On Mon, Nov 24, 2014 at 10:02 AM, Alexander Belopolsky <alexander.belopolsky@gmail.com> wrote:

On Mon, Nov 24, 2014 at 12:23 PM, Chris Angelico <rosuav@gmail.com> wrote:
Well, there is probably more to be said about this - along the lines
of *why* generators ought to be more like iterators. (They're
iterables, not iterators.)

If generators are not iterators, how do you explain this?

>>> import collections
>>> def g():
...     yield 42
...
>>> isinstance(g(), collections.Iterator)
True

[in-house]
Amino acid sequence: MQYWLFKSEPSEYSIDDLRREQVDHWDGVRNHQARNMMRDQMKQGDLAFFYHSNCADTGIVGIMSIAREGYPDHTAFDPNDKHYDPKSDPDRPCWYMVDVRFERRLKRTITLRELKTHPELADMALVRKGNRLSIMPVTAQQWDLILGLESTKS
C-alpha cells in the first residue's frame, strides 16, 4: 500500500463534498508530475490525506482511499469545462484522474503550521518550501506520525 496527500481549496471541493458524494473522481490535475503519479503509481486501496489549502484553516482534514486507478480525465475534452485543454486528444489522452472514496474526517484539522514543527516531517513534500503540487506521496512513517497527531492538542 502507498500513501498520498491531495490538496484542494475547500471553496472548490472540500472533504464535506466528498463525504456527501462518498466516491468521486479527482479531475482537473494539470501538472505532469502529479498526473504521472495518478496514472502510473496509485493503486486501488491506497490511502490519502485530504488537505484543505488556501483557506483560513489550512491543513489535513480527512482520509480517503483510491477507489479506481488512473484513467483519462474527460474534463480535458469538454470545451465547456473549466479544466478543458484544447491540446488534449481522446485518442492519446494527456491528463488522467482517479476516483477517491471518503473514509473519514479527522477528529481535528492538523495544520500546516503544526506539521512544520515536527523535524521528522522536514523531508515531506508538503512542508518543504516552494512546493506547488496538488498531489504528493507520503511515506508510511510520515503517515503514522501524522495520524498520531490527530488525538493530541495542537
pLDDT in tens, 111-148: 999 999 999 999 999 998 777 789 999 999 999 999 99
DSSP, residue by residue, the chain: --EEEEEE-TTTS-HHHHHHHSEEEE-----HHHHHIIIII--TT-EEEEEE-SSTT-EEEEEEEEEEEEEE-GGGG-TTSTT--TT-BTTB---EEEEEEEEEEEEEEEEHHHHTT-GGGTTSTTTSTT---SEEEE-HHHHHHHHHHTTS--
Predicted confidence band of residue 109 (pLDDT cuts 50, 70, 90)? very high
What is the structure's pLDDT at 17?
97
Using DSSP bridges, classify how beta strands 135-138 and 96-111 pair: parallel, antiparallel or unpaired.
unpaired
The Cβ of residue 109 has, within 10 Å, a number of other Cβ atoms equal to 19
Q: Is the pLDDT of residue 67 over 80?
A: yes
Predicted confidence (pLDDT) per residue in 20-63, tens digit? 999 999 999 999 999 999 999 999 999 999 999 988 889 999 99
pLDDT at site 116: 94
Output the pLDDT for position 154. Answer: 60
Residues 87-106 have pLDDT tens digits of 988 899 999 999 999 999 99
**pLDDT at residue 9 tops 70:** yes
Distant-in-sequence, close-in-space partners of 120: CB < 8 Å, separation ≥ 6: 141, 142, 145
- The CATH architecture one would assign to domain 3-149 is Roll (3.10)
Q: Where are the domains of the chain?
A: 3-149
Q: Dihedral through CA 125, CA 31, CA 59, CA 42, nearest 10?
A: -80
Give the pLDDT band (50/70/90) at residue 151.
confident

I think Chris A was overzealous here. The word "generator" is ambiguous; it can refer to either a generator function (a function definition containing at least one "yield") or to the object you obtain by calling a generator function. The latter is definitely an iterator (it has a __next__ method). You can't really call a generator function an iterable (since calling iter() on it raises TypeError) but it's not an iterator either. For the rest see my explanation in response to Mark Shannon in python-dev: http://code.activestate.com/lists/python-dev/133428/
 
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